I wondered if you’d do one of these. Yeay. I would’ve liked to have seen the animals from the BP oil spill helped by you. It’s a tragedy that affected animals closer to home. Well for me anyway living in the US.

  5. Thank you for adding this animal with benefits going to the people of Japan. I have found an error in the billing through PayPal .. you list the pheasant as 1.98 each, and I purchased two of them for my zoo. When I received the confirming email from PayPal, though, it shows my account was billed a total of 1.98 for the two birds. I am wondering if this was an isolated event or if all the pheasants purchased have been sold at half price through an error, which is depriving the benefit of half the money we intended it to get. We all love to get a bargain, but in this case, I think the majority of us would like to have the correct amount deducted from our accounts.

  6. Thank you for adding the Pheasant for Japan. One thing that would make it better – have a pop-up box, letting people know about the fund raiser!!

  7. I agree with Terri… what happened to New Zealand? I am very happy that ZW is doing its part to help the stricken people in Japan, but you should also have a fundraiser to help those in New Zealand that are still struggling as well. We can’t just pick and choose disasters to send help to; we should help everyone.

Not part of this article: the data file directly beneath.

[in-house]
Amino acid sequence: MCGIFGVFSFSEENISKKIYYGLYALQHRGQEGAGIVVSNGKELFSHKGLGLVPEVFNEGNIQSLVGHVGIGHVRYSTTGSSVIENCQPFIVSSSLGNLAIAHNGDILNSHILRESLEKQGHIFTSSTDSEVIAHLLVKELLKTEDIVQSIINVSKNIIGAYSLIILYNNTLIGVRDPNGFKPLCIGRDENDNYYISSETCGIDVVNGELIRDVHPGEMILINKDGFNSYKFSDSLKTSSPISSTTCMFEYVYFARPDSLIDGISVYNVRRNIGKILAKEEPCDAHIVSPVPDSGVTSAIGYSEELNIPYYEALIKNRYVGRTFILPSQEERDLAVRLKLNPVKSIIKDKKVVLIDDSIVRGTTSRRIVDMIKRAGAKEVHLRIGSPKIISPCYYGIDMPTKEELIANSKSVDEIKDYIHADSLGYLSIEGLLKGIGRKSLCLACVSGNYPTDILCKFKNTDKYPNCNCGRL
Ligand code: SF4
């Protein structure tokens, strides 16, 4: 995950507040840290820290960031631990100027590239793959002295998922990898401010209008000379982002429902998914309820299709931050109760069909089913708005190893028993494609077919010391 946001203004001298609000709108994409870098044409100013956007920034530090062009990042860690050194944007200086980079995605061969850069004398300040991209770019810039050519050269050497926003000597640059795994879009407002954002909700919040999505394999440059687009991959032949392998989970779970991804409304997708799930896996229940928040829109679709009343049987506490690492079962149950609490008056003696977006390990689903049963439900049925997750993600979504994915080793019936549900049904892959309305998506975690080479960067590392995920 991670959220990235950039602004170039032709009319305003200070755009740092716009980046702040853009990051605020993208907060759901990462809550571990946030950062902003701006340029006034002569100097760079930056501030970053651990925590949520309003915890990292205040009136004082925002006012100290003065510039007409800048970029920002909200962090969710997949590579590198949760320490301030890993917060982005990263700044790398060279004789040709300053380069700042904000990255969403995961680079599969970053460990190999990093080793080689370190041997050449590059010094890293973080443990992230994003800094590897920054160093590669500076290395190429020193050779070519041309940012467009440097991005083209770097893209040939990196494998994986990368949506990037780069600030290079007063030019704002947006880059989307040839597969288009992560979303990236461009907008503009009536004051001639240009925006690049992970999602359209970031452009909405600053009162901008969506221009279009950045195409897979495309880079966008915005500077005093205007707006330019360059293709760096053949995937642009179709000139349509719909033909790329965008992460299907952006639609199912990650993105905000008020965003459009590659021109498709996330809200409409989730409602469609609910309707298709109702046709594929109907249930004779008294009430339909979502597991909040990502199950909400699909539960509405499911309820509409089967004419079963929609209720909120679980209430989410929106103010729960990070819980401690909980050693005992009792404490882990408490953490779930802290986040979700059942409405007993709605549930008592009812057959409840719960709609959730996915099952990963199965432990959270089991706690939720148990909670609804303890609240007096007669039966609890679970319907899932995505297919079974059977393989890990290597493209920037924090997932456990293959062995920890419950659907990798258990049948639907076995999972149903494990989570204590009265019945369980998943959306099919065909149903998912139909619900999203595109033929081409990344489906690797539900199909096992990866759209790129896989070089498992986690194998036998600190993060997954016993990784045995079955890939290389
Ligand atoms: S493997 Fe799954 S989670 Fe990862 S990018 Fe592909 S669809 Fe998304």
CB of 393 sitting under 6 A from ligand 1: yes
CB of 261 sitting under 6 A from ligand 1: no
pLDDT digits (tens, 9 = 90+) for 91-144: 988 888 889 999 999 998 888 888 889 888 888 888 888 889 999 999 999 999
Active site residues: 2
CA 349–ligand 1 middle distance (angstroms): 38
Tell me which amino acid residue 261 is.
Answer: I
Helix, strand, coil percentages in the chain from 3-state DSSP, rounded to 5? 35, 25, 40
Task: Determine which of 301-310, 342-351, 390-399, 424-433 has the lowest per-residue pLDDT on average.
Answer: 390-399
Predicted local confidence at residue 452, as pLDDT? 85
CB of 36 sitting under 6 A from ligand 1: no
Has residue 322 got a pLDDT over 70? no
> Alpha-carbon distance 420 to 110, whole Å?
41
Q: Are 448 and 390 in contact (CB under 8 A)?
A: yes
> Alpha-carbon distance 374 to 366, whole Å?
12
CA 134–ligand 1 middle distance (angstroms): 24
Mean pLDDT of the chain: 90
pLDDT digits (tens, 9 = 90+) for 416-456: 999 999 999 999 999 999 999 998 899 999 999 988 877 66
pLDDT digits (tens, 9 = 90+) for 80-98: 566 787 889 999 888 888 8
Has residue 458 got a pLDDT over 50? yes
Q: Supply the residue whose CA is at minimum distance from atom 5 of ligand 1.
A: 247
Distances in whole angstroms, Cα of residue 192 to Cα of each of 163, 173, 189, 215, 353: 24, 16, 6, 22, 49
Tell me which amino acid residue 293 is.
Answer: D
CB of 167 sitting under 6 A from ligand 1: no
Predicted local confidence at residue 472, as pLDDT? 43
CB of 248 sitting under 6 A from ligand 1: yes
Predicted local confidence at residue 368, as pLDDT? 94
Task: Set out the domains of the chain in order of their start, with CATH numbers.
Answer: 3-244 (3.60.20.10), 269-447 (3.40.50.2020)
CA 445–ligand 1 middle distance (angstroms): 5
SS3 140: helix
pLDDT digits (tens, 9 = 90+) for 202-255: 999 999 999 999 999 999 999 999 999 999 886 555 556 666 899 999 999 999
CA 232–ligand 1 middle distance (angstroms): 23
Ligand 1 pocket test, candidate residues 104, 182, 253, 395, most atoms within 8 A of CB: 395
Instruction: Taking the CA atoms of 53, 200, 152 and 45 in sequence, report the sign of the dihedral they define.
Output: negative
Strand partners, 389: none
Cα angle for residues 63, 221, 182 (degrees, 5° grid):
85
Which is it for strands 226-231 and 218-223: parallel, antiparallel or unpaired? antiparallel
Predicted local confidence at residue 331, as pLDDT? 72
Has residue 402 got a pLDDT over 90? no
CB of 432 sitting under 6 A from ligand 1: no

8. Since when did four days start on the 16th and run through the 24th? That is eight days. Will they be on sale for four days, or eight days?

  9. Nice how quickly RY has stepped up to help Japan, but us here in little New Zealand are left out of the picture.
    Supporting Japan is definitely a good cause, and I jumped at the chance to support Australia… But share the love RY!

    It seems Australia’s flooding and Japan’s earthquake/tsunami are far more important to RY than an earthquake in New Zealand. I know we’re a small country, and the devastation is small (size-wise) compared with Japan and Australia, but this is the largest natural disaster that NZ has faced. Doesn’t it make sense that it would be even more of a worthy cause for RY to support?

    Is anyone from RY going to explain why NZ was left out? I’m very disappointed.